Grammar task cards are great alternatives to pronoun worksheets. You can add them to grammar station rotations, but you can vary them even more. Task cards work well with partners or small groups. If you want students to move around the room and help each other, print out two sets of task cards and ask students to find their match. They are automatically partnered, and they will discuss answers.
I use task cards for personal and compound personal pronouns; demonstrative, relative, and interrogative pronouns; and indefinite pronouns; I try to differentiate, and when I use task cards, I find that manageable. Some students can study personal pronouns, others demonstrative, and so on. Basically, I love using task card with middle school language arts classes because middle school students need to move! When I taught sixth grade, I created task cards for every type of pronoun so that students could move while we studied our pronouns.
Additionally, I most commonly use pronoun task cards when I am focused on improving pronoun use in student writing. I can target troublesome areas without boring half the class.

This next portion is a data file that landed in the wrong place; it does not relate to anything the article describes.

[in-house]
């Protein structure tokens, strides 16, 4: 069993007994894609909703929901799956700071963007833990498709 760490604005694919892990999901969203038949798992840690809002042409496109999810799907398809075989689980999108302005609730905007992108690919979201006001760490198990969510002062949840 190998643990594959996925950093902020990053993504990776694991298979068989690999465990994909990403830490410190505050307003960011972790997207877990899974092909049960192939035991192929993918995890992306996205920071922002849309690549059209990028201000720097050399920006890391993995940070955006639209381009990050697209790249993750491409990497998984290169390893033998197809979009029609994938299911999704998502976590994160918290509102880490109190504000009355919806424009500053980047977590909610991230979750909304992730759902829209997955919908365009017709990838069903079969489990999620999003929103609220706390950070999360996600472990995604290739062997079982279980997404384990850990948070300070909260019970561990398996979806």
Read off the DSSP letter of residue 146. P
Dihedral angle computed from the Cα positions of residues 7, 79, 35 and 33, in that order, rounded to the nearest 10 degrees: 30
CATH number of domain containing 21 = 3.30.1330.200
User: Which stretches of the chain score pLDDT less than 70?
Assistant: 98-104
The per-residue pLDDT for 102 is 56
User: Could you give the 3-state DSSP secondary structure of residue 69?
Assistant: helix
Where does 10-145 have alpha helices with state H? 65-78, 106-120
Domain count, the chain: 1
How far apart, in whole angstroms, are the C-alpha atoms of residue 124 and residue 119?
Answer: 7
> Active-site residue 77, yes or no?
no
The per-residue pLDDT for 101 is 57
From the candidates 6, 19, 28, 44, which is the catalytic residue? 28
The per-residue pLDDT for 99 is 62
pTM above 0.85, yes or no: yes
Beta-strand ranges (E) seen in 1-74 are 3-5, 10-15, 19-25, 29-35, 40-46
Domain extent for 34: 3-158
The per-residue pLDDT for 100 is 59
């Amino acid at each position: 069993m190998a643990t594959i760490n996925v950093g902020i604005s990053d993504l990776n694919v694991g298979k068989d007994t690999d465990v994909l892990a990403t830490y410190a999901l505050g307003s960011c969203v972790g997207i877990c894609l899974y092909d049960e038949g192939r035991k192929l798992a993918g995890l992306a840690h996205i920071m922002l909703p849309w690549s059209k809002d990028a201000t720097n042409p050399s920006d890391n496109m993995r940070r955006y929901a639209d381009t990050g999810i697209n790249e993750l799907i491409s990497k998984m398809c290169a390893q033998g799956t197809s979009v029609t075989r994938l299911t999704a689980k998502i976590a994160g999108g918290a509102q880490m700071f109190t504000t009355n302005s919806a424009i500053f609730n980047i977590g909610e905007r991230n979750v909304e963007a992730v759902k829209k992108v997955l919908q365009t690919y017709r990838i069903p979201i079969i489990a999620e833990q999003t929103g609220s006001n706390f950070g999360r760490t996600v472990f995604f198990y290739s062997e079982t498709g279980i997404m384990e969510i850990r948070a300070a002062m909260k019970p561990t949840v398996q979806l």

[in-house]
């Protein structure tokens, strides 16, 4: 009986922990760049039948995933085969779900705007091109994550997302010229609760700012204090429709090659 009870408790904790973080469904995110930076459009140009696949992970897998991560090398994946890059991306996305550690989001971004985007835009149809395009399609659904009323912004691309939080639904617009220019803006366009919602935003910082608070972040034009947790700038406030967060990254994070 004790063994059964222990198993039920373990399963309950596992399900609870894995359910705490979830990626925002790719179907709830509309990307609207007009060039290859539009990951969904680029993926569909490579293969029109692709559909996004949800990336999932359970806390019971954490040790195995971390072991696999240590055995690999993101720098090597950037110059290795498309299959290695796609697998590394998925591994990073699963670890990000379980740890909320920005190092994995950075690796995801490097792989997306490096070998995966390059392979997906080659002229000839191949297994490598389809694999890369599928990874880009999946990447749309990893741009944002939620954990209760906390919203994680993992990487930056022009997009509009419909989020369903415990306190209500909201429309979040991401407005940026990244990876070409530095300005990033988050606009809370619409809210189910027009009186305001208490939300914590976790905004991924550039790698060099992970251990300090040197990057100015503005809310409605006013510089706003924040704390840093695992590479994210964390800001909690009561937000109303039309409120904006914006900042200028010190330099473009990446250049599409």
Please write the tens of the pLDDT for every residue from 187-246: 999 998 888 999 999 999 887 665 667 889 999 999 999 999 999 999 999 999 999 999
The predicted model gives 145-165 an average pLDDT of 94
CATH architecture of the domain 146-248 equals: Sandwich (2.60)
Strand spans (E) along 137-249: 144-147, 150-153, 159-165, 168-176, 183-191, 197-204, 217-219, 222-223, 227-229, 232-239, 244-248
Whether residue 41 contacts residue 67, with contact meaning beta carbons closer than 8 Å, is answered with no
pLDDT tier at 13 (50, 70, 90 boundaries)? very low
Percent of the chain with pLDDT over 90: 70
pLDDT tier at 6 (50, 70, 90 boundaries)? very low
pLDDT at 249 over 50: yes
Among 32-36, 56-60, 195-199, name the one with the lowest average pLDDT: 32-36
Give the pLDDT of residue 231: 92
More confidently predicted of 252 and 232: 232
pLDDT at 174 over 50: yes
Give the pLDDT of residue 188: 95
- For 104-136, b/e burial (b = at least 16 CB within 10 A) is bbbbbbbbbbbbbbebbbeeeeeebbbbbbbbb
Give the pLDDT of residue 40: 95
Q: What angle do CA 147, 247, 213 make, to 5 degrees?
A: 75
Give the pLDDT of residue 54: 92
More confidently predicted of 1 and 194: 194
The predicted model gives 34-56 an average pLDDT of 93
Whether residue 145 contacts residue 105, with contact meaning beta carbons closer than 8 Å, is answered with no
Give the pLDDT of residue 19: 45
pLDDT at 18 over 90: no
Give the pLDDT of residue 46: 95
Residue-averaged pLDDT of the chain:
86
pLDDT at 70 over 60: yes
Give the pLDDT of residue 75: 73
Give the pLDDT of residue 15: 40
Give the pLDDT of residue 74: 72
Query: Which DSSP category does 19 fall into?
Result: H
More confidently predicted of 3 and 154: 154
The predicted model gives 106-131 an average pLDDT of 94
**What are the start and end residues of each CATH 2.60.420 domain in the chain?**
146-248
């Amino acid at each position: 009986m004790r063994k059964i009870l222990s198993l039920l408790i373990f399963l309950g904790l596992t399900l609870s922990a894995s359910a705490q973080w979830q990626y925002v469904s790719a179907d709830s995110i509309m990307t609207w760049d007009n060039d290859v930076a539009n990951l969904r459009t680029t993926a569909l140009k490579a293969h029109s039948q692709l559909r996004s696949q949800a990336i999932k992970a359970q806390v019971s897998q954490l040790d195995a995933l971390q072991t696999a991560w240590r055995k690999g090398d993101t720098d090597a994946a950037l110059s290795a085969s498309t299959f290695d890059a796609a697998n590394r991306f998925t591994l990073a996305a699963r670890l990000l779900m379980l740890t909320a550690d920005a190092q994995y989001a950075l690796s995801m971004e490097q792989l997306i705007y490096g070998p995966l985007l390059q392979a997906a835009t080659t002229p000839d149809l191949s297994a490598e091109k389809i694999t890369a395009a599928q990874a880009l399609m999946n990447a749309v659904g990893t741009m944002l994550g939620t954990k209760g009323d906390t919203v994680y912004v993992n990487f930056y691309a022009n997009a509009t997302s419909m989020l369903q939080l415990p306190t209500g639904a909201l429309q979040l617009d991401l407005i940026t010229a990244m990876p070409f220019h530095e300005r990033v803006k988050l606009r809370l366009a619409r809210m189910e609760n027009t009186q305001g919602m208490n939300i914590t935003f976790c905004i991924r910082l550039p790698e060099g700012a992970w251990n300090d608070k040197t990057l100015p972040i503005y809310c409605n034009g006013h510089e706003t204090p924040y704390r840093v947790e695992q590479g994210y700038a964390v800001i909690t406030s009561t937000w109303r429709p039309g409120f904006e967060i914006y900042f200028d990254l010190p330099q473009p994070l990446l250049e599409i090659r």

As a suggestion, print out your pronoun task cards, and bundle each set separately. Then, when students need a review, you can hand them the practice they need. Having grammar task cards prepared allows you to create personalized pronoun activities—not every student needs the exact same practice.
Pronouns are part of the foundation of understanding our language, and students must use them correctly. Before students analyze pronouns in literature and apply the rules to their writing, they must first identify pronouns. Pronoun activities can be more than worksheets, and students can find the concept interesting! Continue building your pronoun lesson plans.
Pronoun worksheets are not the only answer to understanding pronouns although a quick review might be all that your students need! If your students require more study and practice, I hope you can implement these alternative ideas with your students.